What the other country do is not so relevant for our discrepancy

C. It would take less than a month for producers of the vaccine to adjust their production operations to cope with a large increase in demand.

Production and demand is completely irrelevant here.

D. Many cattle farmers in East Africa are nomadic or live in remote villages, and such farmers, who have little access to modern veterinary medicine, are particularly hard hit by outbreaks of Rift Valley fever.

This seems to me a statistic rather a good explanation why we will use more vaccine inthe next future. Doesn't seem good as option


E. Recently published research has shown that certain identifiable climatic conditions are almost invariably followed, within two to five months, by an outbreak of Rift Valley fever.

OKKKK. A research (so something that is reliable) sayas a prediction. So if this is true (and we know that is true because we cannot disprove the information given) we will have an increase in the use of the vaccine as prevention

E is the answer
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Re: Outbreaks of Rift Valley fever occur irregularly in East Africa, sever  [#permalink]

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New post 26 Jul 2013, 09:42
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fozzzy wrote:
Can someone provide a detailed analysis on this one. Thanks!


Vaccine's drawbacks:
I)It is too expensive
II)It is not effective until a month after vaccination

Nevertheless, experts predict that use of the vaccine will increase significantly within the next few years.

Which of the following, if true, provides the strongest justification for the experts’ prediction?

What answer are we looking for? It will be something that will eliminate a current defect of the vaccine, or will be an advantage that will balance everything: like "has been found that the vaccine makes the cattle immune to every type of disease and increases its reproductivity rate"(I'm making this up).

A. Rift Valley fever is spread by mosquitoes, but each outbreak is so widespread that it is impractical to control it by using insecticides.
Irrelevant.
B. When an outbreak of Rift Valley fever occurs, unaffected countries often refuse to import livestock from the countries affected by the outbreak.
Maybe... this could be seen as an advantage to use the vaccine, because revenues for the farmers could be lower if they do not use it. We can keep it for now...
C. It would take less than a month for producers of the vaccine to adjust their production operations to cope with a large increase in demand.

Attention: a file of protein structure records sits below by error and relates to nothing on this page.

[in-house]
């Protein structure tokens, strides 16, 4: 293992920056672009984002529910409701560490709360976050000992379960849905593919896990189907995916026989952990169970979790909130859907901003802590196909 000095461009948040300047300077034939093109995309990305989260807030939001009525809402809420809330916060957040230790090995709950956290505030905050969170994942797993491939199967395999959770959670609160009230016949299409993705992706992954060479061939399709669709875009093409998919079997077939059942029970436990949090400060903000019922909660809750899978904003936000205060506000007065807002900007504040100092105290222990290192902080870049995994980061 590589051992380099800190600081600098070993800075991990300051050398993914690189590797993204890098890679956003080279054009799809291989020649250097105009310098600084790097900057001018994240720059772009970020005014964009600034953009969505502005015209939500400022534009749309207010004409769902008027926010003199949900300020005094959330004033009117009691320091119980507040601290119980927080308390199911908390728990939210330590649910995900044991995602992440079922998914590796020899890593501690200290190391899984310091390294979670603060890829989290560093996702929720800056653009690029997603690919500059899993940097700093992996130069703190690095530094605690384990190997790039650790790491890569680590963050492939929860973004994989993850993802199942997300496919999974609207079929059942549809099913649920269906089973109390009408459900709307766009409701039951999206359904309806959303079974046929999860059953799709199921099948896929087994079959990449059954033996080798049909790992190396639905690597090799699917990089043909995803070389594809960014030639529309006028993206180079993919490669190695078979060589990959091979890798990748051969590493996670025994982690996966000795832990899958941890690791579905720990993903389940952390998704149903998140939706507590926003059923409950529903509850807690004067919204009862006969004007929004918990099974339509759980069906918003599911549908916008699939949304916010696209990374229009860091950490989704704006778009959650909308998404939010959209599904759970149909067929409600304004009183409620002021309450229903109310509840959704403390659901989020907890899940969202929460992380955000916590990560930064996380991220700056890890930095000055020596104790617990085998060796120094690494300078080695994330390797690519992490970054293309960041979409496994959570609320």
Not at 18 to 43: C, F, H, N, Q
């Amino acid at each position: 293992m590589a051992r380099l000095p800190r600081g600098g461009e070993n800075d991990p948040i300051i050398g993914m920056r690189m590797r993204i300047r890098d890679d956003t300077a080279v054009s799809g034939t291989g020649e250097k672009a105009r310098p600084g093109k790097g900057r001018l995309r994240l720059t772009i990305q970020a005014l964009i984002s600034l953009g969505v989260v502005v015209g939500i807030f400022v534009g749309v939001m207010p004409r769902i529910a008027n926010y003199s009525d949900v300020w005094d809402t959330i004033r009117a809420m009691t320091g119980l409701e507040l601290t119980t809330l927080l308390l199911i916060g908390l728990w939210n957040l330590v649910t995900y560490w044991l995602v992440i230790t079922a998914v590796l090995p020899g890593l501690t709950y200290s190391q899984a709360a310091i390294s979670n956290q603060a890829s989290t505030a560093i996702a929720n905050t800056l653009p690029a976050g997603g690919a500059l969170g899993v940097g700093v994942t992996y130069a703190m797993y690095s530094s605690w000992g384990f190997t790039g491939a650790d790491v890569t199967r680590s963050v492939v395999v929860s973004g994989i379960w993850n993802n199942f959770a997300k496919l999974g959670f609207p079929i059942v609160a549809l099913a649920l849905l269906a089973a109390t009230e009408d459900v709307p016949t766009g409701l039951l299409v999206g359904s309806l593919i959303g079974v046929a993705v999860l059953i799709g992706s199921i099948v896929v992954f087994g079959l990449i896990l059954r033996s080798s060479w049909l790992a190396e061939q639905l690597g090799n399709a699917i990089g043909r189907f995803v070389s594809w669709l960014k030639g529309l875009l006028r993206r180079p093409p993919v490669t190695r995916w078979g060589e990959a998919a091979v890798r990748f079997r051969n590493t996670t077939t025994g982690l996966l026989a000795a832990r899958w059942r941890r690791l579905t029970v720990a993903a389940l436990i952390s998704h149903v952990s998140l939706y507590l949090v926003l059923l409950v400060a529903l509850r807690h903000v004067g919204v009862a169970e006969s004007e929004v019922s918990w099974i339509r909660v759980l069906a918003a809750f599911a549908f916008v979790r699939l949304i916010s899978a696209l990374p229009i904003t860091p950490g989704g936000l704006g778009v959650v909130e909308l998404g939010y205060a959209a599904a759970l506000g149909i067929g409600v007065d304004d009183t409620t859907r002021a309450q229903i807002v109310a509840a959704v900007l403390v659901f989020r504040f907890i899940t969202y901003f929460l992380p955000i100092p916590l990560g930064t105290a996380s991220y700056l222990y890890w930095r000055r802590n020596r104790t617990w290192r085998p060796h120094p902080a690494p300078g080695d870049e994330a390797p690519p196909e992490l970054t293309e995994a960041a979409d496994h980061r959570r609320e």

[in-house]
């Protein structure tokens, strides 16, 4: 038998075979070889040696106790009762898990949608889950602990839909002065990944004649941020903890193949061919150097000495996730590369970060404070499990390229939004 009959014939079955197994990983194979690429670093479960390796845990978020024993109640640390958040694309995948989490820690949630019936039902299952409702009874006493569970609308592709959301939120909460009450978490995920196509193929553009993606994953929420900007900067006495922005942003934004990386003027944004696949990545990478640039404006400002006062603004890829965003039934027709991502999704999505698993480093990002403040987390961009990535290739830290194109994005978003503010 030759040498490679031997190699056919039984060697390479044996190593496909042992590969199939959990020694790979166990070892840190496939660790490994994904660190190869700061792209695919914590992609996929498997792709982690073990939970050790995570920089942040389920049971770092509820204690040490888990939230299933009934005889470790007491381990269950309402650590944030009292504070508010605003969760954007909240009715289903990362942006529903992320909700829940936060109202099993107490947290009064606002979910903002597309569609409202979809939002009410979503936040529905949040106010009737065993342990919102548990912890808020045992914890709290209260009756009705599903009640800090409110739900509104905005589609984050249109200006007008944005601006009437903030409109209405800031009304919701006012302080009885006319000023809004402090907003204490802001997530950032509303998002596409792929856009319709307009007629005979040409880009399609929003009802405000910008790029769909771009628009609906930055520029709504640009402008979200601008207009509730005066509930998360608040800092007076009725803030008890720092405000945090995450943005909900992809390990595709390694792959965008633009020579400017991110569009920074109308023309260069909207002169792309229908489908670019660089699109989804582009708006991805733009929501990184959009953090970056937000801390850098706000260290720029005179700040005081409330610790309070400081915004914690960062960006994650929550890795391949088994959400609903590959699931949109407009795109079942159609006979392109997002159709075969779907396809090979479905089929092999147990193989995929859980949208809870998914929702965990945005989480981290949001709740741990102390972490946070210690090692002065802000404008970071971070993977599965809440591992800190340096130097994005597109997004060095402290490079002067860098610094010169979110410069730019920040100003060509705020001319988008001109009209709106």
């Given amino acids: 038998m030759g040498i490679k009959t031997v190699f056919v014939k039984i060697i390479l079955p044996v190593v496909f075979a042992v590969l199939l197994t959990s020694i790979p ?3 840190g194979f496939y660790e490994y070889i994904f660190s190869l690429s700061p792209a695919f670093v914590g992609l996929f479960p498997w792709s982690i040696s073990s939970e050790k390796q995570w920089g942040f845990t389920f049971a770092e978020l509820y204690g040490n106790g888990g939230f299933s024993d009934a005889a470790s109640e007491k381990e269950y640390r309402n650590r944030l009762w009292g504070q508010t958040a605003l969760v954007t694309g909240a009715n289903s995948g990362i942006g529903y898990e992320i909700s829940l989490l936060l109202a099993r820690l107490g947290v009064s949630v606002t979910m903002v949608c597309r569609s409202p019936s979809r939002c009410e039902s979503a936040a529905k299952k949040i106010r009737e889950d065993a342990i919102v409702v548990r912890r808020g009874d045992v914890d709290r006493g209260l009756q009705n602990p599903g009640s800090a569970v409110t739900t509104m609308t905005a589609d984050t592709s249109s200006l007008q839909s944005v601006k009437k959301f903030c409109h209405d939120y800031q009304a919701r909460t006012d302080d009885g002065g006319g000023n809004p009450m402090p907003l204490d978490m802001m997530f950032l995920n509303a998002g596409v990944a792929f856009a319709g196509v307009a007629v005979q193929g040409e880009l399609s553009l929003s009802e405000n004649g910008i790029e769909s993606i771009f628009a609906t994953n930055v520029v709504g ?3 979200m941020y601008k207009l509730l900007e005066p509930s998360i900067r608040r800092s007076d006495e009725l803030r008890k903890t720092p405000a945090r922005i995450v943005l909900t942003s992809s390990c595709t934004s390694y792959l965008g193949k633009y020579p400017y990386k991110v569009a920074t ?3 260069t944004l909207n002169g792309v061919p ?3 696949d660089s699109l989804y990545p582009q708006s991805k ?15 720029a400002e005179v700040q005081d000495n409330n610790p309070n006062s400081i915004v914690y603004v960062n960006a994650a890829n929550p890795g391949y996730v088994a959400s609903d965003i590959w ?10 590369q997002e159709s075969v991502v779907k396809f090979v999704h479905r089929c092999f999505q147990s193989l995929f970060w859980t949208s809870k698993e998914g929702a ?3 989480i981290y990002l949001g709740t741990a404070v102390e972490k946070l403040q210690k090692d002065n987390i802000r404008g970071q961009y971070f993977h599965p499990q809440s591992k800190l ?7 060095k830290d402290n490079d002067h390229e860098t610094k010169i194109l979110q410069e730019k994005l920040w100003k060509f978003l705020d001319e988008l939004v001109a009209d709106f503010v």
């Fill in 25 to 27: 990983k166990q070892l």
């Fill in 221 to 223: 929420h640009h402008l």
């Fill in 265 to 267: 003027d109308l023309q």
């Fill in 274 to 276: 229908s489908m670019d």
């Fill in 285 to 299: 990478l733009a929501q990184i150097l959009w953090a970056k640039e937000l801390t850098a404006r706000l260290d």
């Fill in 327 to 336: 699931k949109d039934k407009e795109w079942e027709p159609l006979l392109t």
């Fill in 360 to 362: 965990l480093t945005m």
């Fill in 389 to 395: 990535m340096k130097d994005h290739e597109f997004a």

Irrelevant because it does not offer an argument like those described above.
D. Many cattle farmers in East Africa are nomadic or live in remote villages, and such farmers, who have little access to modern veterinary medicine, are particularly hard hit by outbreaks of Rift Valley fever.
This is just a fact that has no impact on the prediction.
E. Recently published research has shown that certain identifiable climatic conditions are almost invariably followed, within two to five months, by an outbreak of Rift Valley fever.
This seems good as well because undermines the drawback #2. If we can predict an outbreak two months before, the vaccine (that takes one month to be effective) could be used more than today.

B and E are the contenders. I would look at the key words there to determine the correct answer.
B unaffected countries often refuse<== so the fact that B presents has already happened before, so it's not something that could change the current scenario and increase the use of the vaccine.
E. Recently published research<== this is a game changer. Recently new data has been released, so the situation described by the argument is actually changed.

E is the best answer
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Re: Outbreaks of Rift Valley fever occur irregularly in East Africa, sever  [#permalink]

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New post 16 Oct 2013, 10:05
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mohnish104 wrote:
I don't seem to be understanding the language used in E. What I followed was that, certain climatic condition follow 'after' the outbreak. Is it before or after I am unable to follow.


Yeah, the wording is especially designed to cause confusion :-). But option E is correct.

You would generally say
storms follow humid conditions
than
humid conditions are followed by storms. Both are correct though second one is wordy.

Option E says, identifiable climatic conditions are almost invariably followed, within two to five months, by an outbreak of Rift Valley fever.